STUDIO: Buena Vista Home Video
MSRP: $19.99
RUNNING TIME: 83 minutes
“Remembering the Intruder” All-New Featurette with Roger Corman and William Shatner


The Pitch

“Captain Kirk burns Mississippi.”

The Humans

William Shatner, Frank Maxwell, Beverly Lunsford, Robert Emhardt, Leo Gordon, Charles Barnes, Charles Beaumont, Katherine Smith, George Clayton Johnson and Jeanne Cooper

The Nutshell

William Shatner met Roger Corman about six years before he started working on the original Star Trek. Corman sold him on a script based on a Charles Beaumont novel about a Washington, D.C. aggressor who was going around and stirring up trouble in the American Southeast. The problem with this serious film is that it flopped. No one wanted to go out and see a heavy picture about race relations from the man who did The Little Shop of Horrors.

This is what they used to back before cable. They roved the streets in gangs of closed eyed hooligans.

The Lowdown

The Intruder is a very tense movie even from its opening lull of Patrick Cramer’s ride into town. When he arrives in the tiny town of Caxton, he’s very friendly. The men respect him and the women love him. He shares a few tales of his time spent working as a social worker, while he enjoys their company. Then, they get talking about desegregation. The townspeople don’t like the fact that it’s not the Law and they feel like they weren’t involved in approving it.

Cramer gets them riled up about how they’re being left behind concerning decisions that impact their fair town. He gets his newfound friends to meet him outside of the Town Hall. There with the gathered white folk in town, he has a captive audience to listen to his speech. When simply getting the local citizens angered isn’t enough, Cramer turns to the Ku Klux Klan. The good ol’ boys are interested in Cramer and they decide to do the only thing they know how. The Klan heads over to the black part of town and decides to burn a few crosses.

Roger Corman ran out of cash halfway through the flick, so far the remainder of the film William Shatner was replaced with a burnt cross prop.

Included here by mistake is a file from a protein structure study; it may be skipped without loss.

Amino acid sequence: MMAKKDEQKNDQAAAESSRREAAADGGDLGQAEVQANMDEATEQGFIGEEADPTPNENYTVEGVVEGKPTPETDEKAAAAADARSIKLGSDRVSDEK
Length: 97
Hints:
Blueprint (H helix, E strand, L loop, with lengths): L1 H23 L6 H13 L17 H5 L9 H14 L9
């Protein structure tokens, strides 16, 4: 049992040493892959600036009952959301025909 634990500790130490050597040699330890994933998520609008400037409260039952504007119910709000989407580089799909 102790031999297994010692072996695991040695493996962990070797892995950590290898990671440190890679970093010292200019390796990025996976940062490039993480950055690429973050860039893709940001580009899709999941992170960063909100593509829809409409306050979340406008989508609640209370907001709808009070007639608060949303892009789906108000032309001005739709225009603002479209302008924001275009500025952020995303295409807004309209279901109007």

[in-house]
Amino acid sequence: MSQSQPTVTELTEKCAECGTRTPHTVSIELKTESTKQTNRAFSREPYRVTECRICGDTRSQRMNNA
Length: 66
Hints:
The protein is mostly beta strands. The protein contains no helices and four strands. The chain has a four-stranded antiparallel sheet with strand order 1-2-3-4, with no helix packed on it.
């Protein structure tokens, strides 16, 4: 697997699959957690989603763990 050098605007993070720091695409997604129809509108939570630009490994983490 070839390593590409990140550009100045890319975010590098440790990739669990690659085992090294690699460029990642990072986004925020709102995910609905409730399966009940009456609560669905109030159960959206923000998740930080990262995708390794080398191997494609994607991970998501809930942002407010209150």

The tiny town of Caxton is in an uproar, as one side turns against the other. Cramer eventually becomes so popular with the people that the Law can’t pin anything on him. The local media can’t stop Cramer’s rise, even though an intrepid newspaper reporter gives it his all. Everything comes down to a local black man accused of raping a white girl. Caxton wants blood and Cramer has to come to a point of reckoning.

William Shatner is this film. Say what you want about Corman being a master of shooting the indie scene back before there was an indie scene. But, Shatner took all of his perceived weaknesses as an actor and brought fury to this role. There was nothing redeemable to his character or to the people who he whipped into a panic. Corman doesn’t try to give Shatner or the townspeople a reason for being so evil; they just commit the acts and reap their perceived rewards.

I just love how the guy on the left seems to know that shit’s about to go down. Take a look at that stare.

Roger Corman never did such a serious picture again. It’s a real shame, as you can see the maverick director finding his way around heavy material that a bigger director like Preminger would’ve bogged down with melodramatic underpinnings. But, you can revel in the almost Noir tones that Corman used to paint this film. It’s a haunting look into what little it takes to set off a powder keg in the smallest of places. As a Corman fan, I’ve spent years in quiet appreciation of the film. Now, I can enjoy the fact that a big name studio like Buena Vista can bring this film to the attention of the masses.

Shatner had seen many bizarre things in the wilds of Canada. But, he never saw a man anally digest a chicken until now.

The Package

The Intruder finally gets some proper treatment in the Digital Age. Previously released by a public domain catch-all distributor, the aspect ratio was pinned under a widescreen matte. Now, Buena Vista has gone open matter and allowed the film to be shown closer to its original theatrical exhibition. The problem with that is, the transfer looks to have more damage than that previous New Concorde DVD release. It’s kind of a shame when a major studio like Buena Vista can’t beat a transfer pulled from a public domain house.

In terms of special features, we get two interviews from Corman and Shatner. They seem to be pulled from different times as we get the actor and director to sit down and talk about the great difficulty they had while shooting the picture. Shatner is kind of passive about the events, while Corman goes really in-depth and you feel like there is more to be said. A commentary from Corman and Shatner could’ve helped this out, but I guess there wasn’t money in the budget. It’s a shame, really.

It’s been awhile since we had to hang anybody. So, how does this work? We give you a push until your wrap your neck around that beam? Fuck this. It’s death by jungle gym or nothing in this town.

But, we get a new DVD release of Corman’s masterpiece from the effort. The presentation has some print damage and it might not be crystal clear. But, you’ve got a chance to see a film that has lived in the darkness of the mainstream for too long.

7.8 out of 10